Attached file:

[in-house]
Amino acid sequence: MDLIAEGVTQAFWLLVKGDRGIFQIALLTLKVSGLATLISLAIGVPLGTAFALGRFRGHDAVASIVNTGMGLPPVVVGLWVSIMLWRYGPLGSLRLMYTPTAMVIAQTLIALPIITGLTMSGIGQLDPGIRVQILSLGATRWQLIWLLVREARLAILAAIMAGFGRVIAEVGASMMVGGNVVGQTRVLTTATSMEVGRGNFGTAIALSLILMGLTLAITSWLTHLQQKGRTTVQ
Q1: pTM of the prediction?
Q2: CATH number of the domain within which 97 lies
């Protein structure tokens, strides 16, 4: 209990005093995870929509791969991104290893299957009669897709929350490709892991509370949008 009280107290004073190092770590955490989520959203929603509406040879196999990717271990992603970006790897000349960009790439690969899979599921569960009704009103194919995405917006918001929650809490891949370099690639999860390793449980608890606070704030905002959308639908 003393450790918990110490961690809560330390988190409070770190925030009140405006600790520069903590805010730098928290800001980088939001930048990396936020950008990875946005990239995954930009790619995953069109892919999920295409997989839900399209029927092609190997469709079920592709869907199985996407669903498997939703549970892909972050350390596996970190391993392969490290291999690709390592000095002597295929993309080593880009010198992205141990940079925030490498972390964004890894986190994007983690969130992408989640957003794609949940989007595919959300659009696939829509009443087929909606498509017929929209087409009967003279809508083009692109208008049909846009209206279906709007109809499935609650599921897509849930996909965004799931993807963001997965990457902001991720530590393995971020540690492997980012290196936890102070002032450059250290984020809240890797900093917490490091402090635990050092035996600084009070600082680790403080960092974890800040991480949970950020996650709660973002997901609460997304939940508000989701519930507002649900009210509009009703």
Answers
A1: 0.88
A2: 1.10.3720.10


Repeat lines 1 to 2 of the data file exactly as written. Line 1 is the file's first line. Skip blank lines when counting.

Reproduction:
[in-house]
Amino acid sequence: MDLIAEGVTQAFWLLVKGDRGIFQIALLTLKVSGLATLISLAIGVPLGTAFALGRFRGHDAVASIVNTGMGLPPVVVGLWVSIMLWRYGPLGSLRLMYTPTAMVIAQTLIALPIITGLTMSGIGQLDPGIRVQILSLGATRWQLIWLLVREARLAILAAIMAGFGRVIAEVGASMMVGGNVVGQTRVLTTATSMEVGRGNFGTAIALSLILMGLTLAITSWLTHLQQKGRTTVQ